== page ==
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News > World

Women in China Say 'Me Too' Too

  • A protest march for survivors of sexual assault and their supporters in Los Angeles.

    A protest march for survivors of sexual assault and their supporters in Los Angeles. | Photo: Reuters

Published 9 January 2018

Hong Fincher said the women who have so far revealed their stories are "the tiniest, tiniest tip of the iceberg."

The Me Too movement, which was started by civil rights activist Tarana Burke in 2006, but went viral in October 2017 has become a rallying cry against sexual harassment in United States, Europe, certain regions in the Americas and Asia. The movement has now reached China where women are coming forward to narrate harrowing incidents of sexual assault.

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"Some women have come out … [but] what’s really striking is how few," Leta Hong Fincher, an expert in China’s feminist movement, told the Guardian, attributing the reason to the socio-political milieu in the country. 

Luo Qianqian, a scholar, revealed her personal experience in a blog post, detailing a sexual assault episode which she experienced 12 years ago, saying, "[There’s] no longer any need to be afraid … we need to stand up bravely and say ‘No!’,” she wrote, urging other women to speak out using the hashtag #我也是 (#WoYeShi or #MeToo). 

"I still remember clearly the scene of his sexual harassment twelve years ago (late 2004 to early 2005), and every sentence he had said at the time was like iron in my head," Qianqian wrote.

Hong Fincher who is also working on a book, "Betraying Big Brother: China’s Feminist Resistance," said the women who have so far revealed their stories are "the tiniest, tiniest tip of the iceberg." And that, "all the activists working on these issues – rape, sexual harassment and domestic violence – will tell you that."

"There is a history of the Chinese government being really worried about political upheaval outside its borders affecting its own population and there is no question whatsoever that the #MeToo movement is seen by the authorities as potentially posing a threat," Hong Fincher added.

A staggering 80 percent of working women in China experience sexual harassment, according to a 2009 report published by two professors at City University in Hong Kong.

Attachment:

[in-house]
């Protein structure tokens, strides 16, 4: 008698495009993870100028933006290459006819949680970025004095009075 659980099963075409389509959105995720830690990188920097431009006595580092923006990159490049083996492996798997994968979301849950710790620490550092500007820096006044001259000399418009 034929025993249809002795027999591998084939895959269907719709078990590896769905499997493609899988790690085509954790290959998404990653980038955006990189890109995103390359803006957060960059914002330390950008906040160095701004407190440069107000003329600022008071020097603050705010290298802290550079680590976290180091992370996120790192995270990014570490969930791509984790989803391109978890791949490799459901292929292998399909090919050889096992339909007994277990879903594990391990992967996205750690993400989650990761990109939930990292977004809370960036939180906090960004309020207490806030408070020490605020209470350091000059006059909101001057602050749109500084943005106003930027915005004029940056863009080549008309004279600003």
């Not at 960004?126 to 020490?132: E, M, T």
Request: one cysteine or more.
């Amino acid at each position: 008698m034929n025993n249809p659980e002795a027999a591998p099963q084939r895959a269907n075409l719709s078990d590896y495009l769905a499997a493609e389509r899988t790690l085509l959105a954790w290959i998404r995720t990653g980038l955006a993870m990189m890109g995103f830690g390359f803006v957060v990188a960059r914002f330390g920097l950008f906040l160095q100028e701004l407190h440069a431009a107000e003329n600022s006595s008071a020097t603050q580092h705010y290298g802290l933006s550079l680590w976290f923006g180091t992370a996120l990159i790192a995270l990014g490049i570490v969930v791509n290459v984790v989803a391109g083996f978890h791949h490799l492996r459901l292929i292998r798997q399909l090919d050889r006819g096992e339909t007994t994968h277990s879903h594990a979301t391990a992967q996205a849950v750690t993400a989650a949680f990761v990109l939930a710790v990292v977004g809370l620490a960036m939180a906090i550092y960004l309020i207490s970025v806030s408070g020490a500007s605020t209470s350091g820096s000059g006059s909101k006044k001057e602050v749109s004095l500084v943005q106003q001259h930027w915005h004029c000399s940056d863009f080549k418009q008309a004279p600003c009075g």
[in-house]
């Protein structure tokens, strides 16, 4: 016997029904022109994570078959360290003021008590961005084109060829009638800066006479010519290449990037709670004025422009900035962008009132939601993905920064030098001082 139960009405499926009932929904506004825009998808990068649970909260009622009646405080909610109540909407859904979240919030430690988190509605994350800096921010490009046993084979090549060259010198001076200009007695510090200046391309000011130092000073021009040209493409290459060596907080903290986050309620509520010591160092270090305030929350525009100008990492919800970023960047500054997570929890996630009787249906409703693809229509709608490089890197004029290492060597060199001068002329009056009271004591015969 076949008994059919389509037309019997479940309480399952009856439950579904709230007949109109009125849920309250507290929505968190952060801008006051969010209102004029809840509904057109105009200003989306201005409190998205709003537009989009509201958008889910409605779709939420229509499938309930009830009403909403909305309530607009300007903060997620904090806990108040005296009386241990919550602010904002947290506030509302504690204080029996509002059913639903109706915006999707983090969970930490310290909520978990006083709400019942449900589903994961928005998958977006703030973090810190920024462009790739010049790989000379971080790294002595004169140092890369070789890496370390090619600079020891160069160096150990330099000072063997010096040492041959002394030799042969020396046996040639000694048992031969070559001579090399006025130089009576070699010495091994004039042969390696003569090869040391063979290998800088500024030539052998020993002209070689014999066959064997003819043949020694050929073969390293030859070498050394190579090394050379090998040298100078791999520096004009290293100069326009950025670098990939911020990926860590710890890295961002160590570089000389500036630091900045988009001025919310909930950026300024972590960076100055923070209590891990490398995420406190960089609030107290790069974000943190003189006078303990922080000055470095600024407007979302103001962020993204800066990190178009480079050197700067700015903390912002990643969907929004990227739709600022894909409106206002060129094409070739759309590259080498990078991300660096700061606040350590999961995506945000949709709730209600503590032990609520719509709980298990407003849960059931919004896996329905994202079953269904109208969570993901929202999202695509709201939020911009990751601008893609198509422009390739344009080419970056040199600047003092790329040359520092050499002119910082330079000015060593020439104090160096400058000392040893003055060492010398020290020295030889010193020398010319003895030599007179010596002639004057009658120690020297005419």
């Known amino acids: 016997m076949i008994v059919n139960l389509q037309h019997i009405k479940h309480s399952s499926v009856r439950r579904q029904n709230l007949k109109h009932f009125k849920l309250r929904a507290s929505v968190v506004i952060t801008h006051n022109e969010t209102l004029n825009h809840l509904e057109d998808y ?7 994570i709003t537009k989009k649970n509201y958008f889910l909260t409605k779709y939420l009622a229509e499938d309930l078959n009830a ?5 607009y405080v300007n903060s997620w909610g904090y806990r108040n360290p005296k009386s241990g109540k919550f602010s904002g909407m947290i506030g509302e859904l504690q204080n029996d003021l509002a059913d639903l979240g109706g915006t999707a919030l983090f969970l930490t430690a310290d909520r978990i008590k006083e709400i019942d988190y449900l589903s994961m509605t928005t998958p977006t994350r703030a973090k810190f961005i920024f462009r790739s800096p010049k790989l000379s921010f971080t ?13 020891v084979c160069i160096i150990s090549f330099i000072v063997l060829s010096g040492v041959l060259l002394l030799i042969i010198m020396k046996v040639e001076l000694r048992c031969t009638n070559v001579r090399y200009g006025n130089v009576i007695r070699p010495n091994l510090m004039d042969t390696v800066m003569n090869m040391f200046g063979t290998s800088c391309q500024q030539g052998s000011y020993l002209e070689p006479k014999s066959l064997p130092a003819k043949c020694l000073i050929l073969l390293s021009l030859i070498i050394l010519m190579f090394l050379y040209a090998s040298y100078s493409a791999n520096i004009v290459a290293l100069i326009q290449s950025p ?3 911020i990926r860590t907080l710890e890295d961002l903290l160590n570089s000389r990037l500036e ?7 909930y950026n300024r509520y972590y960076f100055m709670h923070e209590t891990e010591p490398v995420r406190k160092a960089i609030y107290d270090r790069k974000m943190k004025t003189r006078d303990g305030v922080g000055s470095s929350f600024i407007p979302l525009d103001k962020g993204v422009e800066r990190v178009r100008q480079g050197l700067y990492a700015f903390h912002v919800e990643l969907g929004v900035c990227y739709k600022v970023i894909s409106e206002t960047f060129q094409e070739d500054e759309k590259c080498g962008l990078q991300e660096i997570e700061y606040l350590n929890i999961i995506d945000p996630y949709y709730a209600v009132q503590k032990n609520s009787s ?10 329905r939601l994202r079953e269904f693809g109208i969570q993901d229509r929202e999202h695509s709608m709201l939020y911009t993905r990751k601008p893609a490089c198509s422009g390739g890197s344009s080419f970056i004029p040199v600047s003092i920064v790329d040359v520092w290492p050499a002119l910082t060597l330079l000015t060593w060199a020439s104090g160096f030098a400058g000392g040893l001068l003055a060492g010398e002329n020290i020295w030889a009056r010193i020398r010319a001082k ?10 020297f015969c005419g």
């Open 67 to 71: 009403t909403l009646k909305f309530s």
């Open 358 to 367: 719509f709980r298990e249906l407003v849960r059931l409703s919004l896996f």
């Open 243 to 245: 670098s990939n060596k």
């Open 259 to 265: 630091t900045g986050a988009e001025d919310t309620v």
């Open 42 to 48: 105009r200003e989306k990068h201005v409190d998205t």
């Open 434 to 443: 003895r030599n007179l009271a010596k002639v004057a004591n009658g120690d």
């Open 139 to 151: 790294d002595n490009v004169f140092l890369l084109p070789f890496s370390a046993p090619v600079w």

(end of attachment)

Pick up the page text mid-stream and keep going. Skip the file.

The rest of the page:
Last month, a Beijing-based bank manager was fired over harassing a female co-worker for nearly six months. The female worker finally quit her job last month and posted screenshots of incriminating messages in a 60-member WeChat forum, which led to the manager's expulsion, per the China Labour Bulletin. 

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In 2015, China passed a Law on the Protection of Women’s Rights and Interests, with the resolution to protect women from sexual violence, with the ability to take perpetrators to court, and potentially subjecting the employers to fines and lawsuits for mishandling cases. 

But many accused of sexual harassment continue to roam scot-free. 

Peng Jin, a lawyer specializing in civil affairs litigation at Yi Fa Law Firm in Beijing, told China Daily, "All workers' rights are protected under the Criminal Law and the Labor Law. However, not all assault activities at workplaces are punishable under legal provisions." 

Zheng Xi, a student from Hangzhou, inspired by U.S.' "Silence Breakers," has launched a public anti-sexual harassment campaign. "I thought those actors were so brave," she told the Guardian.  

While the women in China haven't fully embraced the Me Too movement, snippets of sexual assault incidents reflect on how patriarchy is prevalent everywhere. 

“There is still a belief in China, deeply ingrained in traditional culture, that it is a virtue of women to be submissive to the wishes of others,” women’s rights activist Ye Haiyan, who documented her struggle in the documentary Hooligan Sparrow about bringing justice to six schoolgirls who were molested by a school principal in 2013, told the Washington Post. 

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